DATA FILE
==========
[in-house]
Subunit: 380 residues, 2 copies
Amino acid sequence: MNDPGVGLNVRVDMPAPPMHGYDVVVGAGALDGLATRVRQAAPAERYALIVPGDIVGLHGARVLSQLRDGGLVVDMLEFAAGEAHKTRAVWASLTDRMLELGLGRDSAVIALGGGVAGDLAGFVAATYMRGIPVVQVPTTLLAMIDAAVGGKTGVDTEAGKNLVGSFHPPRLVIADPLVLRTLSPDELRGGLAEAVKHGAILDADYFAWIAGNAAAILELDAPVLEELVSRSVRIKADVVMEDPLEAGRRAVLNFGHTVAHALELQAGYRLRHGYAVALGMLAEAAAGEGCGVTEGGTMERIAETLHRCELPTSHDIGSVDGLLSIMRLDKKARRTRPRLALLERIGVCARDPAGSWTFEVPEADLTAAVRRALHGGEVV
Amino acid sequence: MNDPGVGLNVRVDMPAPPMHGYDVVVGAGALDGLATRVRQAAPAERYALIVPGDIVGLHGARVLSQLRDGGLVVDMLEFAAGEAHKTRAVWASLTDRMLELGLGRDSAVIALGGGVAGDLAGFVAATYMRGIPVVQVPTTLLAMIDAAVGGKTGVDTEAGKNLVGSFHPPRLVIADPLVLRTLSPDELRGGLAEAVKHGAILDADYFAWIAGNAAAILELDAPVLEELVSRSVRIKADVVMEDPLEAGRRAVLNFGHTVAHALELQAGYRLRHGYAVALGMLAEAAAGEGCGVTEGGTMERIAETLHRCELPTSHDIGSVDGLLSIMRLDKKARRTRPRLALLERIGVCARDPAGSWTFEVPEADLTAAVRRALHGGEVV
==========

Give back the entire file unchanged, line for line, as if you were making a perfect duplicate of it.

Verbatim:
[in-house]
Subunit: 380 residues, 2 copies
Amino acid sequence: MNDPGVGLNVRVDMPAPPMHGYDVVVGAGALDGLATRVRQAAPAERYALIVPGDIVGLHGARVLSQLRDGGLVVDMLEFAAGEAHKTRAVWASLTDRMLELGLGRDSAVIALGGGVAGDLAGFVAATYMRGIPVVQVPTTLLAMIDAAVGGKTGVDTEAGKNLVGSFHPPRLVIADPLVLRTLSPDELRGGLAEAVKHGAILDADYFAWIAGNAAAILELDAPVLEELVSRSVRIKADVVMEDPLEAGRRAVLNFGHTVAHALELQAGYRLRHGYAVALGMLAEAAAGEGCGVTEGGTMERIAETLHRCELPTSHDIGSVDGLLSIMRLDKKARRTRPRLALLERIGVCARDPAGSWTFEVPEADLTAAVRRALHGGEVV
Amino acid sequence: MNDPGVGLNVRVDMPAPPMHGYDVVVGAGALDGLATRVRQAAPAERYALIVPGDIVGLHGARVLSQLRDGGLVVDMLEFAAGEAHKTRAVWASLTDRMLELGLGRDSAVIALGGGVAGDLAGFVAATYMRGIPVVQVPTTLLAMIDAAVGGKTGVDTEAGKNLVGSFHPPRLVIADPLVLRTLSPDELRGGLAEAVKHGAILDADYFAWIAGNAAAILELDAPVLEELVSRSVRIKADVVMEDPLEAGRRAVLNFGHTVAHALELQAGYRLRHGYAVALGMLAEAAAGEGCGVTEGGTMERIAETLHRCELPTSHDIGSVDGLLSIMRLDKKARRTRPRLALLERIGVCARDPAGSWTFEVPEADLTAAVRRALHGGEVV